Starring Jake Gyllenhaal, Rebecca Fergusson, Ryan Reynolds, Hiroyuki Sanada,
Ariyon Bakare, Olga Dihovichnaya
Written by Rhett Reese and Paul Wernick
Directed by Daniel Espinosa
Reviewed by Patrick & Paul Gibbs
Out of Four
Space movies are back, and we're not just talkig about Star Wars, or even Guardians of the Galaxy. Ever since Alfonso Cuaron's Gravity set the box office on fire (or would have if fire could burn in space, which it cannot, despite what Star Wars might say), astronauts have been in vogue, with movies such as Interstellar and The Martian. People seem to be interested in reaching for the stars again, if not on a launch pad, at least in a darkened theatre. We've seen the interest wane as the quality drops (think The Space Between Us). so it's hard to say how much longer it will last. But it was, of course, inevitable that at some point this trend would lead to amother painful remake of Alien, but actually watching it happen, and watching a strong cast and top notch production values being wasted on it, is genuinely infuriating.
Life follows the crew of the International Space Station, who capture a probe returning from the red planet with a sample inside. Upon further study, the speicimen indeed proves to be the first proof of extraterrestrial life, in the form of a wibbly wobbly mass that intitally looks like pink astroturf. The astronauts rejoice at the discovery, with Dr. Hugh Derry, the token black and token Brit (they have limited space up there, so they killed two birds with one stone) in charge of studying it, while Dr. Miranda North (Rebecca Fergusson) is in charge of looking dour and mysterious to indicate she knows something the others don't. Rory Adams (Ryan Reynolds) is in charging of providing Ryan Reynoldsesque soundbites, and Dr. David Jordan (Jake Gyllenhaal) is in charge of being the nominal lead, while the remaining crew members are Japanese and Russian.
The citizens of earth rejoice at the news, and an Elementary school from America wins the enviable right to name the alien, which they dub "Calvin", after their school. But when an accident renders Calvin unresposive, Dr. Derry (Ariyon Bakare) decides to "stimulate" Calvin. This does not go well.
From there, it's just Alien all the ways, with the threatened and Calvin breaking free, and growing in size and hostility. Calvin squiges, squadges and squdges through the station, picking off the crew one by one. We kept waiting for the moment when the terrible Calvin, mighty and fearsome, would be trying to rip someone apart and we'd hear "Calvin! Stop breaking all of your toys" and the action would switch to a bedroom where a little boy and his stuffed tiger complained that Mom never lets them have any fun.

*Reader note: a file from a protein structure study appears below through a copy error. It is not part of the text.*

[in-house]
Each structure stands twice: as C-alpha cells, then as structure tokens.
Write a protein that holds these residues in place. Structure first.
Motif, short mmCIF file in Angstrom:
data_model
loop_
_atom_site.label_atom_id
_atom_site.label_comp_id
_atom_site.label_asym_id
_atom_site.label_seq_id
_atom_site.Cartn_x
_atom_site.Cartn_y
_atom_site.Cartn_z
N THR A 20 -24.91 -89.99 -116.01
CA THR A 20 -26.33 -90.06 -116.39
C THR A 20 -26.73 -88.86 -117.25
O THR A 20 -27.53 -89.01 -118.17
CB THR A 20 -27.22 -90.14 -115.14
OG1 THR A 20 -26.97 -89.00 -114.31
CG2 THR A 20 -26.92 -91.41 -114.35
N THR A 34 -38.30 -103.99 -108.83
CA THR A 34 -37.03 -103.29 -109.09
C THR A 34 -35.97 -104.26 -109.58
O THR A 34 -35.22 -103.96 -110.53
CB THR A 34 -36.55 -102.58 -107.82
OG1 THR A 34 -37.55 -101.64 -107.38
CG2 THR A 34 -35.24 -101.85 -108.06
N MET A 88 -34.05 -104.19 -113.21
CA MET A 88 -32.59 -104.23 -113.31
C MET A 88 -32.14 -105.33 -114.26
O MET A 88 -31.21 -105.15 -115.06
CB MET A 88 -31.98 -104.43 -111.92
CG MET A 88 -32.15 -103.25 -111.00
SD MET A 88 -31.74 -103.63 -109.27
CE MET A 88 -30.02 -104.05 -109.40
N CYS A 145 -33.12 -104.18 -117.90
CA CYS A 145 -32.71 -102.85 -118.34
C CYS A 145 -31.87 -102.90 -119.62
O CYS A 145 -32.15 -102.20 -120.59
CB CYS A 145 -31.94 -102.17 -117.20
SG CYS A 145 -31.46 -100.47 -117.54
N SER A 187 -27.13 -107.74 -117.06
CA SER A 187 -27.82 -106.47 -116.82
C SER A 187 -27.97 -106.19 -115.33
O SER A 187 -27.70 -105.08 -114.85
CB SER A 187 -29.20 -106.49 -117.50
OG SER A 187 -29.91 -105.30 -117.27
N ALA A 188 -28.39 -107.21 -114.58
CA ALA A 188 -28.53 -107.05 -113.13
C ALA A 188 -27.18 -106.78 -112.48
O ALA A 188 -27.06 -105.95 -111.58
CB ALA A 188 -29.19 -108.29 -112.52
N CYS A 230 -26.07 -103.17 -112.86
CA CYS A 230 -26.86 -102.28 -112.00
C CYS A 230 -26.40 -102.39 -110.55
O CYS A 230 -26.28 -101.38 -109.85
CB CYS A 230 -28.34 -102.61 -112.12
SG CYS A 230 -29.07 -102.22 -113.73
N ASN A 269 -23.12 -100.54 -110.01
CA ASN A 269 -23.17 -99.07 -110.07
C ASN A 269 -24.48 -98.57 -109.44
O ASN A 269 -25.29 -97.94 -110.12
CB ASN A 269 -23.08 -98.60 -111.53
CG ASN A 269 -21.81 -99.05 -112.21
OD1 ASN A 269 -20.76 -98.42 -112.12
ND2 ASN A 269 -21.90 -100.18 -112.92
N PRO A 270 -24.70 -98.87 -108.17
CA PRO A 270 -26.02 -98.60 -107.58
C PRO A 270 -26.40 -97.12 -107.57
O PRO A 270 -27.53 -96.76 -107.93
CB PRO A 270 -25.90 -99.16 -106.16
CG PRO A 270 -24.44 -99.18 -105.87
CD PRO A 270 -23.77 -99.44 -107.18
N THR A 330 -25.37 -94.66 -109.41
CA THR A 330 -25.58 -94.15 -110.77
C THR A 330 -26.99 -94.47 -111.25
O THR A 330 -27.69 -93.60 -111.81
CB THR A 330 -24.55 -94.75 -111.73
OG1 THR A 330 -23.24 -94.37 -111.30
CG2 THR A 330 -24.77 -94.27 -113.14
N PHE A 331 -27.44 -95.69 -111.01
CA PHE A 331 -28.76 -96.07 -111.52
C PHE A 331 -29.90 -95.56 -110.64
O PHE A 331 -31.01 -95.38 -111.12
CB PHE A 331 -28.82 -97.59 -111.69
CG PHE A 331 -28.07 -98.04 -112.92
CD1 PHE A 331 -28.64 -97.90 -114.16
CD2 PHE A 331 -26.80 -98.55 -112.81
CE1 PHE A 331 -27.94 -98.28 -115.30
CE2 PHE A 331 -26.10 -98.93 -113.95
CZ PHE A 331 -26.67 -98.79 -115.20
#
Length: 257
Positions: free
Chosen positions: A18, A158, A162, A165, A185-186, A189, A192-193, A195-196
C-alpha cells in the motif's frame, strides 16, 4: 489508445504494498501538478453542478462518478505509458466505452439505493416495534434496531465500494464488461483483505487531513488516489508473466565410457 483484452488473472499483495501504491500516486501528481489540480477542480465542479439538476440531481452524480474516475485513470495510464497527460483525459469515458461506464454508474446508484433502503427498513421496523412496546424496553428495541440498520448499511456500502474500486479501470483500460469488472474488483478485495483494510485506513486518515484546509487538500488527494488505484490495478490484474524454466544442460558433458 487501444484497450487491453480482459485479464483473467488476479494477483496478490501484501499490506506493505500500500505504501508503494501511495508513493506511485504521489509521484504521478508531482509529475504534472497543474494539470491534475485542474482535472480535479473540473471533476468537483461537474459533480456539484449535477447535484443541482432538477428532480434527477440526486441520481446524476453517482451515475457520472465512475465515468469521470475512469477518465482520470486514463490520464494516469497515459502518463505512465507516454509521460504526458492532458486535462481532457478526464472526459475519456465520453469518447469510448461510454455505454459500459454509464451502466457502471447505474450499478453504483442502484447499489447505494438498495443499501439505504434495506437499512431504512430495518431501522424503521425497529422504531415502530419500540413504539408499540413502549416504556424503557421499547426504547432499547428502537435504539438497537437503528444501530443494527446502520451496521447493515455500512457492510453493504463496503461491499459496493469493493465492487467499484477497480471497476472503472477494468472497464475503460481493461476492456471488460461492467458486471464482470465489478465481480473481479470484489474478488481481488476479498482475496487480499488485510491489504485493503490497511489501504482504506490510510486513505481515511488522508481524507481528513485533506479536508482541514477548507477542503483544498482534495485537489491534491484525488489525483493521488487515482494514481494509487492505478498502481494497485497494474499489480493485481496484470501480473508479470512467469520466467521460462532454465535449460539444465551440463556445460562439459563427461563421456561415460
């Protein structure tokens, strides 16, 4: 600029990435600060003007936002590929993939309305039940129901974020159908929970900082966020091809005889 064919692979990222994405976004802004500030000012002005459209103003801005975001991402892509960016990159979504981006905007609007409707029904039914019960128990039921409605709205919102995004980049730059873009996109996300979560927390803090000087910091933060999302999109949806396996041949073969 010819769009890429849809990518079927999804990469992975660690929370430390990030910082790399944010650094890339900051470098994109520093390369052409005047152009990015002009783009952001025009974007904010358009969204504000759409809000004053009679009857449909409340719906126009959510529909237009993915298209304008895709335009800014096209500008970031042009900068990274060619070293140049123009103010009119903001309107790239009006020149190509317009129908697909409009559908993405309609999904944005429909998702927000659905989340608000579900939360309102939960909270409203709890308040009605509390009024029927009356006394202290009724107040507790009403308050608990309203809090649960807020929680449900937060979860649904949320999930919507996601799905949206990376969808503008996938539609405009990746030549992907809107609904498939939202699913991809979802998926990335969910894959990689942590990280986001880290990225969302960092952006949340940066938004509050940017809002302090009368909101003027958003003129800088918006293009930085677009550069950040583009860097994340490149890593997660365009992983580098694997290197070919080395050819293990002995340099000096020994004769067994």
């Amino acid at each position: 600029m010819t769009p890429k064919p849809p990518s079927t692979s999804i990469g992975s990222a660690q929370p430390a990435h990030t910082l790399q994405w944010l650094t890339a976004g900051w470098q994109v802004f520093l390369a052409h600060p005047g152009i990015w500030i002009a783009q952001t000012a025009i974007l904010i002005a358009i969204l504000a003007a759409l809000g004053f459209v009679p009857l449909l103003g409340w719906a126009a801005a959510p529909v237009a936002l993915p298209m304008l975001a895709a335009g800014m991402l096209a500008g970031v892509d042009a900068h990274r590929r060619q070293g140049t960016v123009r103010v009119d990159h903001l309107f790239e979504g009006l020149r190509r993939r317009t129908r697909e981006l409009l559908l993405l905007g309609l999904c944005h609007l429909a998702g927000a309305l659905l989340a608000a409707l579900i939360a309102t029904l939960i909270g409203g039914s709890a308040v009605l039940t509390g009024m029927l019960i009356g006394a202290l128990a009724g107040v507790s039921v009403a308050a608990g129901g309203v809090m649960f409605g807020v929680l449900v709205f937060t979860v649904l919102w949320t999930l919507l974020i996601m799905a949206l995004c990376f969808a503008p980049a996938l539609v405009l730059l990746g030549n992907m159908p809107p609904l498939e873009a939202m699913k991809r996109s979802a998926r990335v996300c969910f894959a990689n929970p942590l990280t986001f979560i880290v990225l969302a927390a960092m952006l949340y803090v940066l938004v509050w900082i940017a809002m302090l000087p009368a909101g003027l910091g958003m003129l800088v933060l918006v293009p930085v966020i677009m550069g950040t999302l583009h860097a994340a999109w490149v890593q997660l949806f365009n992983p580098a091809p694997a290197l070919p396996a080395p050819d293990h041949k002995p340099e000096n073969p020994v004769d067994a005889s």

The plot holes and scientfic eyeroll moments abound (does Calvin require oxygen, or can he move around outisde the ship? which is it?), and the "How stupid are these people?" monents are even more prevalent. And while director Daniel Espinoza does a capable job of building suspense, there is just such a feeling of "been there, done that" as to render any skill in filmaking moot. For anyone complaining about disney remakes and slightly derivitive Star Wars sequels, we would argue that this kind of cheap ripoff of an established property (albiet under a different name) is far less original than, say, Pete's Dragon. We'd rather have high quality soft remakes that show respect for the original by standing on their own than this kind of shameless rehash. Admittedly, this plays all the worse coming on the heels of Arrival, but even without thst comparison it doesn't hold up.
Life is strictly for the easily pleased horror fan (and if you are seeing it because you just love Ryan Reynolds, and you think you'll enjoy it regardless because of him, all we will say is: take a look at the fact that he has lower billing than Rebecca Fergusson, who is hardly a household name, and think about what that might mean in a horror movie.).
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